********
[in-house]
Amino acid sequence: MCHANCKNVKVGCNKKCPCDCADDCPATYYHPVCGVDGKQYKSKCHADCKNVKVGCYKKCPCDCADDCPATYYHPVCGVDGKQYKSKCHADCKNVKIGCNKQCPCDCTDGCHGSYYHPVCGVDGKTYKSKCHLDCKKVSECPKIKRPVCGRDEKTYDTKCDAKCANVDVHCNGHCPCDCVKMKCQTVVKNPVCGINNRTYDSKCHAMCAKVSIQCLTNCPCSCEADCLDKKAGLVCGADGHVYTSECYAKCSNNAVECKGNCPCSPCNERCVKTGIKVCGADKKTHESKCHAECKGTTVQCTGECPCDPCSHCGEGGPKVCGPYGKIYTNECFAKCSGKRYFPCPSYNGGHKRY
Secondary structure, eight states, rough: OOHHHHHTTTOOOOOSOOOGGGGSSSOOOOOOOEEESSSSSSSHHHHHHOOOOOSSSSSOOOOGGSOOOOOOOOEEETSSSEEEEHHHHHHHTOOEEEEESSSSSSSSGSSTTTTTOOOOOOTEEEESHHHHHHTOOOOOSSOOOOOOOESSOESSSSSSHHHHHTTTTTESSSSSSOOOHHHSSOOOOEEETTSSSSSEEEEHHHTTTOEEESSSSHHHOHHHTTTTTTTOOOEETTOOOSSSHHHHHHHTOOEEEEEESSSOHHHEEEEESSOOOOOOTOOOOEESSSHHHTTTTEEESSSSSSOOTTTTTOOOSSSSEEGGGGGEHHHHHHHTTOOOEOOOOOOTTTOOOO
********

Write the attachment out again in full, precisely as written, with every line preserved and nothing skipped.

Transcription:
[in-house]
Amino acid sequence: MCHANCKNVKVGCNKKCPCDCADDCPATYYHPVCGVDGKQYKSKCHADCKNVKVGCYKKCPCDCADDCPATYYHPVCGVDGKQYKSKCHADCKNVKIGCNKQCPCDCTDGCHGSYYHPVCGVDGKTYKSKCHLDCKKVSECPKIKRPVCGRDEKTYDTKCDAKCANVDVHCNGHCPCDCVKMKCQTVVKNPVCGINNRTYDSKCHAMCAKVSIQCLTNCPCSCEADCLDKKAGLVCGADGHVYTSECYAKCSNNAVECKGNCPCSPCNERCVKTGIKVCGADKKTHESKCHAECKGTTVQCTGECPCDPCSHCGEGGPKVCGPYGKIYTNECFAKCSGKRYFPCPSYNGGHKRY
Secondary structure, eight states, rough: OOHHHHHTTTOOOOOSOOOGGGGSSSOOOOOOOEEESSSSSSSHHHHHHOOOOOSSSSSOOOOGGSOOOOOOOOEEETSSSEEEEHHHHHHHTOOEEEEESSSSSSSSGSSTTTTTOOOOOOTEEEESHHHHHHTOOOOOSSOOOOOOOESSOESSSSSSHHHHHTTTTTESSSSSSOOOHHHSSOOOOEEETTSSSSSEEEEHHHTTTOEEESSSSHHHOHHHTTTTTTTOOOEETTOOOSSSHHHHHHHTOOEEEEEESSSOHHHEEEEESSOOOOOOTOOOOEESSSHHHTTTTEEESSSSSSOOTTTTTOOOSSSSEEGGGGGEHHHHHHHTTOOOEOOOOOOTTTOOOO